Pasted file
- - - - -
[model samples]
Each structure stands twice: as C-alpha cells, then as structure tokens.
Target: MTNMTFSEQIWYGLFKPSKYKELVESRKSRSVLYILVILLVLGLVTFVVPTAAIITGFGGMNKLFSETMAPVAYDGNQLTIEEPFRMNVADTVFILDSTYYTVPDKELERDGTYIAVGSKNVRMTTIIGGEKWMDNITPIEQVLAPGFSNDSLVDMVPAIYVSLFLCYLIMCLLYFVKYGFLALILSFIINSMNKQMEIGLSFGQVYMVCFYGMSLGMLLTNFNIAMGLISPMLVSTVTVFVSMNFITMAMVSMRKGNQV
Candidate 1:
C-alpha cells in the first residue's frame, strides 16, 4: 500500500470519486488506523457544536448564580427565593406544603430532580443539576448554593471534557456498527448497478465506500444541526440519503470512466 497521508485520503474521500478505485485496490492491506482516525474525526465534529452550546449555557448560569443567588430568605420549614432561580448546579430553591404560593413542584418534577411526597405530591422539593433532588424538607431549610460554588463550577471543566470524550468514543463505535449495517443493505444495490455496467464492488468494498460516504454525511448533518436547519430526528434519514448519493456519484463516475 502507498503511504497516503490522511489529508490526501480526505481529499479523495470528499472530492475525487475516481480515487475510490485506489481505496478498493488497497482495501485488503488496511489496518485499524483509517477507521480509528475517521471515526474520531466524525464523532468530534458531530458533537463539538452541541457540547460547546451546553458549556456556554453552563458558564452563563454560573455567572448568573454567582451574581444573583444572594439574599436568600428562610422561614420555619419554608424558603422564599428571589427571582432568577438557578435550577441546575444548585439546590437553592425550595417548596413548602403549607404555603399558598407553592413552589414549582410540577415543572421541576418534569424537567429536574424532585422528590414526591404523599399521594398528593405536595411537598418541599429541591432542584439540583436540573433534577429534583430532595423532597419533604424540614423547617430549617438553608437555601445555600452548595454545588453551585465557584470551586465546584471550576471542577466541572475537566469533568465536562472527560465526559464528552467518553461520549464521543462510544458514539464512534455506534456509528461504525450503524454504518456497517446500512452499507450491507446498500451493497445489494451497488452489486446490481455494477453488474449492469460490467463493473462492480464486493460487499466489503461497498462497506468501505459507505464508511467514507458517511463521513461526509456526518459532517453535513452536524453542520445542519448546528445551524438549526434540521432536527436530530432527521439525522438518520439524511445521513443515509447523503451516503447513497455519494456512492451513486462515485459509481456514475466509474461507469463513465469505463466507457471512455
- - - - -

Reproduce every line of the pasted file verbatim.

[model samples]
Each structure stands twice: as C-alpha cells, then as structure tokens.
Target: MTNMTFSEQIWYGLFKPSKYKELVESRKSRSVLYILVILLVLGLVTFVVPTAAIITGFGGMNKLFSETMAPVAYDGNQLTIEEPFRMNVADTVFILDSTYYTVPDKELERDGTYIAVGSKNVRMTTIIGGEKWMDNITPIEQVLAPGFSNDSLVDMVPAIYVSLFLCYLIMCLLYFVKYGFLALILSFIINSMNKQMEIGLSFGQVYMVCFYGMSLGMLLTNFNIAMGLISPMLVSTVTVFVSMNFITMAMVSMRKGNQV
Candidate 1:
C-alpha cells in the first residue's frame, strides 16, 4: 500500500470519486488506523457544536448564580427565593406544603430532580443539576448554593471534557456498527448497478465506500444541526440519503470512466 497521508485520503474521500478505485485496490492491506482516525474525526465534529452550546449555557448560569443567588430568605420549614432561580448546579430553591404560593413542584418534577411526597405530591422539593433532588424538607431549610460554588463550577471543566470524550468514543463505535449495517443493505444495490455496467464492488468494498460516504454525511448533518436547519430526528434519514448519493456519484463516475 502507498503511504497516503490522511489529508490526501480526505481529499479523495470528499472530492475525487475516481480515487475510490485506489481505496478498493488497497482495501485488503488496511489496518485499524483509517477507521480509528475517521471515526474520531466524525464523532468530534458531530458533537463539538452541541457540547460547546451546553458549556456556554453552563458558564452563563454560573455567572448568573454567582451574581444573583444572594439574599436568600428562610422561614420555619419554608424558603422564599428571589427571582432568577438557578435550577441546575444548585439546590437553592425550595417548596413548602403549607404555603399558598407553592413552589414549582410540577415543572421541576418534569424537567429536574424532585422528590414526591404523599399521594398528593405536595411537598418541599429541591432542584439540583436540573433534577429534583430532595423532597419533604424540614423547617430549617438553608437555601445555600452548595454545588453551585465557584470551586465546584471550576471542577466541572475537566469533568465536562472527560465526559464528552467518553461520549464521543462510544458514539464512534455506534456509528461504525450503524454504518456497517446500512452499507450491507446498500451493497445489494451497488452489486446490481455494477453488474449492469460490467463493473462492480464486493460487499466489503461497498462497506468501505459507505464508511467514507458517511463521513461526509456526518459532517453535513452536524453542520445542519448546528445551524438549526434540521432536527436530530432527521439525522438518520439524511445521513443515509447523503451516503447513497455519494456512492451513486462515485459509481456514475466509474461507469463513465469505463466507457471512455